In a season of bad breaks for the Pelicans, the injury news on Thursday was half encouraging.
Anthony Davis, who is out for the remainder of the Pelicans’ season, won’t require surgery on the partially torn labrum in his left shoulder, the team announced Thursday after Davis met with Dr. Neal ElAttrach in Los Angeles.
But New Orleans’ franchise forward underwent a procedure in L.A. on Thursday to treat what ElAttrach in a release called “patellar tendinopathy and a stress reaction of his knee cap.”
ElAttrach performed an ultrasonic debridement of the “degenerative area of the patellar tendon” in Davis’ left knee and gave the 6-foot-10 forward an injection of his own bone marrow, “which is rich in cells and proteins that can reduce pain and trigger a healing response,” according to a release.
The condition in Davis’ knee has become “very symptomatic” in the second half of the season, ElAttrach said in a release, and Davis is “unable to play through this pain any longer.”
But ElAttrach determined that the posterior labrum tear Davis suffered three years ago does not require surgery. Such tears “typically do not predictably cause instability in as high a percentage of players as anterior labral tears,” ElAttrach said in a release, and “it is possible to maintain strong shoulder function and performance ?without surgery in many players with a labral tear.”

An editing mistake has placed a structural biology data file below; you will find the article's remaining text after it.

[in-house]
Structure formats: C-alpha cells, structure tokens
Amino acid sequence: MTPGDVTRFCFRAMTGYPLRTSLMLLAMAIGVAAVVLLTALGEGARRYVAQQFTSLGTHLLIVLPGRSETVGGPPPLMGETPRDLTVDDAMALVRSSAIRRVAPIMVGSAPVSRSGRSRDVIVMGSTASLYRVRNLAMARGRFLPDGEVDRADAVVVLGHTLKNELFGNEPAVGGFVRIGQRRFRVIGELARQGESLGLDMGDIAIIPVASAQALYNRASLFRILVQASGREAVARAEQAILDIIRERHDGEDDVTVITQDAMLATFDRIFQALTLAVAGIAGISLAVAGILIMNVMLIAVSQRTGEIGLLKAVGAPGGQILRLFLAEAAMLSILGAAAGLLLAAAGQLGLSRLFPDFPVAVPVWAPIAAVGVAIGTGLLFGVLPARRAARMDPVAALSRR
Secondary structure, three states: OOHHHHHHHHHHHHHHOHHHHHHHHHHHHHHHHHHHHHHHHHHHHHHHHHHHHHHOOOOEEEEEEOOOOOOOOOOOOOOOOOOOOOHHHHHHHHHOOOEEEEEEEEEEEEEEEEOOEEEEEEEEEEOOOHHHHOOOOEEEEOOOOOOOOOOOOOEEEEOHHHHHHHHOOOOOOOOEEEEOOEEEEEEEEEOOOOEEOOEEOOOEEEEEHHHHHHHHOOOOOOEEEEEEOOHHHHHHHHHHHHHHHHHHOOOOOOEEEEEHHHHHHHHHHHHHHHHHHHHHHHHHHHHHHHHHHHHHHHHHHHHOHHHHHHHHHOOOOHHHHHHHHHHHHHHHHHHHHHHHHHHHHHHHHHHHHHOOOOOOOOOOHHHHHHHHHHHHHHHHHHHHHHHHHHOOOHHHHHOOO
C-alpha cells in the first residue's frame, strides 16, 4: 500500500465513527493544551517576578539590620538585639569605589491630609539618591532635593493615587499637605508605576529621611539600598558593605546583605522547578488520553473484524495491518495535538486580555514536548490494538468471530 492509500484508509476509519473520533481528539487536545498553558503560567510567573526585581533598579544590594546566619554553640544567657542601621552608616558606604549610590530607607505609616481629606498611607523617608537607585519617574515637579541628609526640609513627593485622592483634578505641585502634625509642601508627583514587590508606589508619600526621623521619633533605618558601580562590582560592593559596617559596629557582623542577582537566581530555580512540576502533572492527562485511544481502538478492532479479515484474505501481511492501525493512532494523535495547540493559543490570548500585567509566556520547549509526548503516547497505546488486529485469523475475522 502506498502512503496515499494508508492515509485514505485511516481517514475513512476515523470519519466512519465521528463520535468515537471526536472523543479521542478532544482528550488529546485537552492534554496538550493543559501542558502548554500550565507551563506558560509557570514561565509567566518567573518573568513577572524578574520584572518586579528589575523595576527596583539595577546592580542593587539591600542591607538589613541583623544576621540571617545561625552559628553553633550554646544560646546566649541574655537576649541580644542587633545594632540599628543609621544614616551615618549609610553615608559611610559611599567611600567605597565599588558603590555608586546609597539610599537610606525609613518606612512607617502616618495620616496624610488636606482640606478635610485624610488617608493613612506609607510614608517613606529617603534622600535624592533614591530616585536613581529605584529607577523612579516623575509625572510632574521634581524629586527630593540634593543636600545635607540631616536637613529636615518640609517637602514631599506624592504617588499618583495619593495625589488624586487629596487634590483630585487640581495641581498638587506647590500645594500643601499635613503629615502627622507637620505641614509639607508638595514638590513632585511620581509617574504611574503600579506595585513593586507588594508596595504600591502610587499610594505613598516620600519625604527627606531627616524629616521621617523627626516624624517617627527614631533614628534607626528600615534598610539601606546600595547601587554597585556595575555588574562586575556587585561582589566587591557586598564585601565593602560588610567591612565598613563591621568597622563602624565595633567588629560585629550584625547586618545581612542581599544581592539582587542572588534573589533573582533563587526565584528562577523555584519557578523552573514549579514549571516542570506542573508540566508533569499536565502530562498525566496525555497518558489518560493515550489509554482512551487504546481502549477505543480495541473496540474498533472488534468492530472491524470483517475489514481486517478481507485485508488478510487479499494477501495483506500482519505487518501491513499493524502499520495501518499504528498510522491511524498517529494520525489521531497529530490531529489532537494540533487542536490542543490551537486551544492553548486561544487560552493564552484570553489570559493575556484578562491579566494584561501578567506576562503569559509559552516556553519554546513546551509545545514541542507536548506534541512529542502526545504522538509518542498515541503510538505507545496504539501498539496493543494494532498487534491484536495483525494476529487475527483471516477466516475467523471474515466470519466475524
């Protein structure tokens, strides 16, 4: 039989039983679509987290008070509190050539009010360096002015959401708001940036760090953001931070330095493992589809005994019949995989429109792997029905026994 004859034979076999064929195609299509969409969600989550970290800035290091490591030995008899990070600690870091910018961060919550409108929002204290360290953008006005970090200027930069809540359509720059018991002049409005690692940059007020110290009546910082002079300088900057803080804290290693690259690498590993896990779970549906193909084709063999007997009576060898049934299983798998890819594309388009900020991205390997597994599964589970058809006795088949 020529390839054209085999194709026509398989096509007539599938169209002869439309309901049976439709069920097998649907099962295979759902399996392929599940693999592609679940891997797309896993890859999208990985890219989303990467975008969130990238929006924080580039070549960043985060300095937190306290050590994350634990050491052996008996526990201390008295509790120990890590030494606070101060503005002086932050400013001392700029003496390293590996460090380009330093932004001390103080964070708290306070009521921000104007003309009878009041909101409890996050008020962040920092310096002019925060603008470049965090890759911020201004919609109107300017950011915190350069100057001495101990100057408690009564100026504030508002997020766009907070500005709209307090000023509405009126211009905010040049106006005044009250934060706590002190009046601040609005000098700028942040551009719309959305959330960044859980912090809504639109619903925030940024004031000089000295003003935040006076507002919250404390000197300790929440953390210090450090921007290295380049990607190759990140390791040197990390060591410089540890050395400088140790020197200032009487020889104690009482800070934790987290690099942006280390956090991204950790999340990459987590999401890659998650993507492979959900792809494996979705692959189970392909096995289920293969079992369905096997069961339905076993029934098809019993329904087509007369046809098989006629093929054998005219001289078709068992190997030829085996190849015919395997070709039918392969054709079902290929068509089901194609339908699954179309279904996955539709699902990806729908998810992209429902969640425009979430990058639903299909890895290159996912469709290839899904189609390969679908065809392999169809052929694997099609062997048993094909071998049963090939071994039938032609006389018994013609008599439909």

ElAttrach “would recommend surgery for recurrent instability or pain that limits training, performance or playing time,” he said in a release, but Davis is “doing a good job of maintaining his shoulder without surgery and it is safe to play in his current condition.”
ElAttrach said Davis would have his labrum surgically repaired “if he develops problems which affect his performance.”
“(Davis) reports only mild soreness in his shoulder which occurs very infrequently after games,” ElAttrach said in a release. “Anthony has not missed any playing time due to his shoulder. He denies recurrent instability, feels that his shoulder is strong, he has no apprehension and feels that he is able to perform at 100 (percent) of his capacity regarding his shoulder.”
Davis, who averaged 24.3 points, 10.3 rebounds and two blocks per game this season, will begin a rehabilitation and training program immediately for his left knee and left shoulder.
The timetable for his return to basketball activity is three to four months, and ElAttrach said Davis will rehab “with the expectation that he will be ready for the start of the 2016 NBA regular season.”
Hamilton to sign
The Pelicans are expected to sign 6-foot-7 guard/forward Jordan Hamilton to a 10-day contract, a source confirmed Thursday. Yahoo Sports first reported the news.
Hamilton, who played college basketball at Texas, was a 2011 first-round pick of the Dallas Mavericks. He has appeared in 140 NBA games, averaging 5.5 points and 2.6 rebounds per game in his career.
Hamilton has not played in the NBA this season. He is averaging 15.1 points, 6.9 rebounds and four assists per game in 14 games for the Rio Grande Vipers in the NBA Development League.